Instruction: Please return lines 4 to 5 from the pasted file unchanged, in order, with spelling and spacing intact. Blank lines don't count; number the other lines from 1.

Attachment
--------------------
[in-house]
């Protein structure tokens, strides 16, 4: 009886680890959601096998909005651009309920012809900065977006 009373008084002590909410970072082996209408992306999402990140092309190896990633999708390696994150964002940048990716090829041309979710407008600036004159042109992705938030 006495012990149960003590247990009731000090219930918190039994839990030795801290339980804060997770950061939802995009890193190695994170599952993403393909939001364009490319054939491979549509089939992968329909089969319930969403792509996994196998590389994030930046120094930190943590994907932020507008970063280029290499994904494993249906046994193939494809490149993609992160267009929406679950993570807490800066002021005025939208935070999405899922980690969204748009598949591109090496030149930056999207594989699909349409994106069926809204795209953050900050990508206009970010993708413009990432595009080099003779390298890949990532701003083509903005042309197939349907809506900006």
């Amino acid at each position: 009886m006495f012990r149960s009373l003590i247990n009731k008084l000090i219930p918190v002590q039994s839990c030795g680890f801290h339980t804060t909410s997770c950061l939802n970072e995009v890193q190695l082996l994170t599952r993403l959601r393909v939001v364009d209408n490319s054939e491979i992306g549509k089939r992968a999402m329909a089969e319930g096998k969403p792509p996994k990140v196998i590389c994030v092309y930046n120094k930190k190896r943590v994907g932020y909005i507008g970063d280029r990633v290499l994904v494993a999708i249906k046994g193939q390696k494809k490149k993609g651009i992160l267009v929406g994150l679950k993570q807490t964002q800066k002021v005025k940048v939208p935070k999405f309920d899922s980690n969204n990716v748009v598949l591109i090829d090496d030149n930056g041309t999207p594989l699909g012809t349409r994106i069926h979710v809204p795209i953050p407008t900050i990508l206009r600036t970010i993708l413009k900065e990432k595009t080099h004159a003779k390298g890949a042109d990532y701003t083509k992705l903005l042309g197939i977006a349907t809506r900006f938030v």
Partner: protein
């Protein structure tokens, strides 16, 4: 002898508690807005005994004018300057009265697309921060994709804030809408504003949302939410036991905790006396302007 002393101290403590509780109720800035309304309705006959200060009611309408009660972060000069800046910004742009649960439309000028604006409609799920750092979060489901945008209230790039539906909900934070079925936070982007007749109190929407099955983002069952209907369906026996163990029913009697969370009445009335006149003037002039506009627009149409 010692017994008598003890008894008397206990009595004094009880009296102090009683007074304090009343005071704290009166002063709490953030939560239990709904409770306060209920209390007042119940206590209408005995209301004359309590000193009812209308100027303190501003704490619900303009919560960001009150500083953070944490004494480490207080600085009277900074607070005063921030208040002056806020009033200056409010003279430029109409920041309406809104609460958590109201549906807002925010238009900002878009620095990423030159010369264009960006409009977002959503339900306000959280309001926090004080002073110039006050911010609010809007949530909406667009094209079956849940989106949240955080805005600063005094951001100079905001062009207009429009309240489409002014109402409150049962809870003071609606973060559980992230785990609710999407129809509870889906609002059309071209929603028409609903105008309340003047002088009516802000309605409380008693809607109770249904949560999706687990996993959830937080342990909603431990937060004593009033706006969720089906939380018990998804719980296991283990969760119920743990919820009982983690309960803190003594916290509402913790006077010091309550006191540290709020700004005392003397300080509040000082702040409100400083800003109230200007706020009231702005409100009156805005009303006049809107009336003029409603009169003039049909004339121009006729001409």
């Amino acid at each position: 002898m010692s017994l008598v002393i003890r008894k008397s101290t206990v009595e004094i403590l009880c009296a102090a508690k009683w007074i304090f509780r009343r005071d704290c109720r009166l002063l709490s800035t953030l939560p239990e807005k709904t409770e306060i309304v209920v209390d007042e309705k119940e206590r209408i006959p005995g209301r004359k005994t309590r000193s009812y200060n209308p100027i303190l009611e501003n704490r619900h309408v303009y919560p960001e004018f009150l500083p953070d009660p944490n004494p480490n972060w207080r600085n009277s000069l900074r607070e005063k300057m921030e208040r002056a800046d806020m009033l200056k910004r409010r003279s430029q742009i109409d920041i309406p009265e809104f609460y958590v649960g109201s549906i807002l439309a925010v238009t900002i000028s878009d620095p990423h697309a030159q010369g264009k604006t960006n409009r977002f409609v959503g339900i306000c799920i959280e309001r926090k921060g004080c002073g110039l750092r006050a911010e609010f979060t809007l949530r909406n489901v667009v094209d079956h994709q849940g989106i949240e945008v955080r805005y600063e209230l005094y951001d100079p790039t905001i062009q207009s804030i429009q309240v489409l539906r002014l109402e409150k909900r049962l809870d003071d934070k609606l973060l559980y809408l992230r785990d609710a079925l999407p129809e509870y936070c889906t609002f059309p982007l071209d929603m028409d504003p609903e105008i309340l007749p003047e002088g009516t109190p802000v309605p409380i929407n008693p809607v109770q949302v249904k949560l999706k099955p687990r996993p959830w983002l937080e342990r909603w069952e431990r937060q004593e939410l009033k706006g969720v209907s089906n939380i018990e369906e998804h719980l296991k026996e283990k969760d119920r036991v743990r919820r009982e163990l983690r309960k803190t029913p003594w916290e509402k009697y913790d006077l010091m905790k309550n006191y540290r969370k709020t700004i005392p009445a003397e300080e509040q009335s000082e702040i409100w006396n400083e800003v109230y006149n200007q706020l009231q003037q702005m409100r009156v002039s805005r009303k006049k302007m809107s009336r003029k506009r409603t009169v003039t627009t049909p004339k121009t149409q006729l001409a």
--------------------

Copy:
Partner: protein
């Protein structure tokens, strides 16, 4: 002898508690807005005994004018300057009265697309921060994709804030809408504003949302939410036991905790006396302007 002393101290403590509780109720800035309304309705006959200060009611309408009660972060000069800046910004742009649960439309000028604006409609799920750092979060489901945008209230790039539906909900934070079925936070982007007749109190929407099955983002069952209907369906026996163990029913009697969370009445009335006149003037002039506009627009149409 010692017994008598003890008894008397206990009595004094009880009296102090009683007074304090009343005071704290009166002063709490953030939560239990709904409770306060209920209390007042119940206590209408005995209301004359309590000193009812209308100027303190501003704490619900303009919560960001009150500083953070944490004494480490207080600085009277900074607070005063921030208040002056806020009033200056409010003279430029109409920041309406809104609460958590109201549906807002925010238009900002878009620095990423030159010369264009960006409009977002959503339900306000959280309001926090004080002073110039006050911010609010809007949530909406667009094209079956849940989106949240955080805005600063005094951001100079905001062009207009429009309240489409002014109402409150049962809870003071609606973060559980992230785990609710999407129809509870889906609002059309071209929603028409609903105008309340003047002088009516802000309605409380008693809607109770249904949560999706687990996993959830937080342990909603431990937060004593009033706006969720089906939380018990998804719980296991283990969760119920743990919820009982983690309960803190003594916290509402913790006077010091309550006191540290709020700004005392003397300080509040000082702040409100400083800003109230200007706020009231702005409100009156805005009303006049809107009336003029409603009169003039049909004339121009006729001409």